1- Oh yes. I mean, bloody hell. My word. For all the lovable attributes of our squad, I never saw that coming… QPR started with a vim and a purpose and we creaked and wobbled and just about stuck with it. And then we scored, and never looked back. How many goals could we, should we have scored this evening? If you’re going to miss chances, do it at 3-0 up I suppose but… that was marvellous. And no, top flight scouts, Danny Graham, Stephen McGinn, Martin Taylor, Don Cowie, Scott Loach aren’t that good every week, far from it. And McLeish and Mowbray… no, you needn’t recall your lads just yet. They’re not ready, not nearly ready. Not ready for the bottom of Division Two anyway Mowbray. Snigger.
2- Adel Taarabt. What a silly arse.
3- We got a couple of decisions. As vs Leicester, we nod our respects to lady luck and carry on taking the piss out of the league leaders. It hurts like hell when decisions go against you, all you can do is take advantage when you get the breaks. For the record, QPR should have had at least one pen early doors, but you roll with the punches and QPR just rolled over. Danny Graham’s second… onside enough for me. Bothered, anyway. Three one against the league leaders. Did I mention that already?
4- Our star turn this season is that bottle of chianti, which so far has a 100% record in tricky looking away ties on the telly. Might start trying to sneak one in to home games. Kinda difficult to be inconspicuous about a bottle of red wine though….
5- Lee Dixon. “Comfortable” home win. How are you still in a job? Nigel Gibbs was always better than you anyway. Do one. Three one. Yee-effing-ha. That’s my weekend sorted.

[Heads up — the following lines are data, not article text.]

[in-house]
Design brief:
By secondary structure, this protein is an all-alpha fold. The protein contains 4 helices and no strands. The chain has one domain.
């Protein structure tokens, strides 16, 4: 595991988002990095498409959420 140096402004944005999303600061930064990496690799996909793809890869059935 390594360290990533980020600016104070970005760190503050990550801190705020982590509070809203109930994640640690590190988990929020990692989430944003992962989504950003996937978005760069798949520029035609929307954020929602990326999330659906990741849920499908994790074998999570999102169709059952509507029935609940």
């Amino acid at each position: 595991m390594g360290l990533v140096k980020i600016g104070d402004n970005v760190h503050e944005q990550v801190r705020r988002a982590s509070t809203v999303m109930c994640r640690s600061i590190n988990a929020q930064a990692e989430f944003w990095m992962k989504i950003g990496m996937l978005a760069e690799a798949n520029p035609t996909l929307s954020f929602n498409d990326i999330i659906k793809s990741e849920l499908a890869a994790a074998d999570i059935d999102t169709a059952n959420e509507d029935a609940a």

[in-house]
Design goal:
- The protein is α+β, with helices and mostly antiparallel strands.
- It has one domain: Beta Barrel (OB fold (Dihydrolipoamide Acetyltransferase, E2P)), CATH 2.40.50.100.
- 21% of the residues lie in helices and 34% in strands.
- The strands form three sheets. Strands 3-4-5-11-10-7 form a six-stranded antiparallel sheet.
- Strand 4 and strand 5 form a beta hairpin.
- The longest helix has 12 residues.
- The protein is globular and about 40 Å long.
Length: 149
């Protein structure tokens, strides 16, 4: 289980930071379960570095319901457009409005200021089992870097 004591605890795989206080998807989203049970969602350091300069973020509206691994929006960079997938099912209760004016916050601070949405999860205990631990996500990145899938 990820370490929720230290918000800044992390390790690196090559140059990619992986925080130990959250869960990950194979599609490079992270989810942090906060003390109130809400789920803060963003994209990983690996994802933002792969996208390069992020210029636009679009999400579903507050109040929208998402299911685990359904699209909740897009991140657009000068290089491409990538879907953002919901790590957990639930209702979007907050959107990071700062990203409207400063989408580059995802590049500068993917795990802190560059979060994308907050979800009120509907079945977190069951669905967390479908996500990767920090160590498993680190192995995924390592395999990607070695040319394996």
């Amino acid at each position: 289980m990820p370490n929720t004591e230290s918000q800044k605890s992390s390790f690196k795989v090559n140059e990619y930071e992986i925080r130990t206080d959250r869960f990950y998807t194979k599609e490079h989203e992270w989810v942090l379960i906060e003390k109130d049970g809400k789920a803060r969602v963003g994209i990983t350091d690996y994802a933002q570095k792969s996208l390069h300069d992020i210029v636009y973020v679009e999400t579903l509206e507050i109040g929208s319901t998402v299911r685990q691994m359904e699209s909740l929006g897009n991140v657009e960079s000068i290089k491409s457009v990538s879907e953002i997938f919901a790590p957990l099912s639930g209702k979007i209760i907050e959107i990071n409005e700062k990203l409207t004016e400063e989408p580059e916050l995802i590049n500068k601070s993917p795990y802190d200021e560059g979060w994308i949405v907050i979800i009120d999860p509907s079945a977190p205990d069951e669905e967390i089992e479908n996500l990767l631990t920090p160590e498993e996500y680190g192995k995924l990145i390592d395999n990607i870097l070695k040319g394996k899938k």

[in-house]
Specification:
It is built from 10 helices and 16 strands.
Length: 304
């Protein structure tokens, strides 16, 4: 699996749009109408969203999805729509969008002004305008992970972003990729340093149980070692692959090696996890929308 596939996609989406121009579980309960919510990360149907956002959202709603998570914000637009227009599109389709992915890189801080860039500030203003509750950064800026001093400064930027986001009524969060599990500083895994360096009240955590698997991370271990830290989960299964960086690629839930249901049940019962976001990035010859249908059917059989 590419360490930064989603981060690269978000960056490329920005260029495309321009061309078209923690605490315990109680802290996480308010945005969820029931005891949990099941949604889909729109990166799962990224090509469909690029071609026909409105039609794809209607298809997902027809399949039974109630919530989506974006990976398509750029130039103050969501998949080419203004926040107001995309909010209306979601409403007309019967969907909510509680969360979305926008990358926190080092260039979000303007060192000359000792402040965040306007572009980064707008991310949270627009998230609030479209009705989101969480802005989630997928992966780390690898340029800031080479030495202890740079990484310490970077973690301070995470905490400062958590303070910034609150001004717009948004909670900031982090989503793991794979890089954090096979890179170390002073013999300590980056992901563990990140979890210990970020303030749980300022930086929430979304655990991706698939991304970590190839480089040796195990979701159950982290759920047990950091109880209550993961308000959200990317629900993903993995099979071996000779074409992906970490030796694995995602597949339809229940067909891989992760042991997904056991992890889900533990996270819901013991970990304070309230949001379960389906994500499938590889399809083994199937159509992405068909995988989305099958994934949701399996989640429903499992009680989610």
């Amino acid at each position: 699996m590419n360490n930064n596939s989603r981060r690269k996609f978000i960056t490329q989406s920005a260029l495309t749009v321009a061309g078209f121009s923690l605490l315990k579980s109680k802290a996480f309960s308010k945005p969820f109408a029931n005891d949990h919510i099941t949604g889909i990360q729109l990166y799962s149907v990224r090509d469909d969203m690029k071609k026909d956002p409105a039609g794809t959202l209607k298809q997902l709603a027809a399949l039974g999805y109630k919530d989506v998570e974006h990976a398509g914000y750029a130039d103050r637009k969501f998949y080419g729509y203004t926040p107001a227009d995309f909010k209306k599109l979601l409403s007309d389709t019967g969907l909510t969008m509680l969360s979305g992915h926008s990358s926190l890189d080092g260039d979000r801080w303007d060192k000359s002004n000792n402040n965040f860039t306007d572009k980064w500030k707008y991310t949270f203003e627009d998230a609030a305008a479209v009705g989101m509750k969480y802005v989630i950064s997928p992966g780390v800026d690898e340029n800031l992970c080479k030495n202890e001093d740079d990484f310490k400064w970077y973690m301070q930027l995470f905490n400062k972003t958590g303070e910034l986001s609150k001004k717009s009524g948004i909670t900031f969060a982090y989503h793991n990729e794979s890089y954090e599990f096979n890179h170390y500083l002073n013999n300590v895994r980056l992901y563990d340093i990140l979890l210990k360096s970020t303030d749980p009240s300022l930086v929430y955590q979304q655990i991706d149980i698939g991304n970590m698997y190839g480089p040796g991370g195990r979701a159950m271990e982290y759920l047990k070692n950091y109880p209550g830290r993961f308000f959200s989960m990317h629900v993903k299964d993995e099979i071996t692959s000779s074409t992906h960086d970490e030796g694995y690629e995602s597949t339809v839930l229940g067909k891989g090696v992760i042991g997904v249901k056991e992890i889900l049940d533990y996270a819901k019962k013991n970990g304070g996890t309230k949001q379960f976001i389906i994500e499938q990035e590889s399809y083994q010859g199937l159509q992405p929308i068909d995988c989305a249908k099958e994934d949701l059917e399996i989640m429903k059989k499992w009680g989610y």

There will, it should be acknowledged, be harder things to write about than the most exciting, dramatic period in our club’s history; indeed, a period that for pure screenworthiness compares favourably to what most clubs can boast. The script is almost written for you, complete with heroes and villains, triumphs over insurmountable odds, a rock star and an audience more than ready to hear the story again.
However a story can be easy to tell, and still be told badly. Another trot through the events, however breathtaking these events and however comprehensive the description, would have served no purpose; that’s been done before and done well, not least in the club’s Centenary Book. Where this book really triumphs is in identifying a new angle, a compelling angle, and pursuing it doggedly. Whilst Lionel provides a skeleton of detail that would permit those unfamiliar with the narrative to follow what’s going on, the joy is in the reflections, anecdotes and memories provided by the key players. So comprehensive is this coverage indeed that, other than Elton John, the most significant names not to have interviewed are the likes of Iwan Roberts, Worrell Sterling and Rick Holden. Everyone else is there, including occasional glances from the other side of the fence – Cup Final opponent Derek Mountfield, the notorious Jeff Powell and a reassuringly unlikeable Roger Milford also share their perspectives at appropriate moments.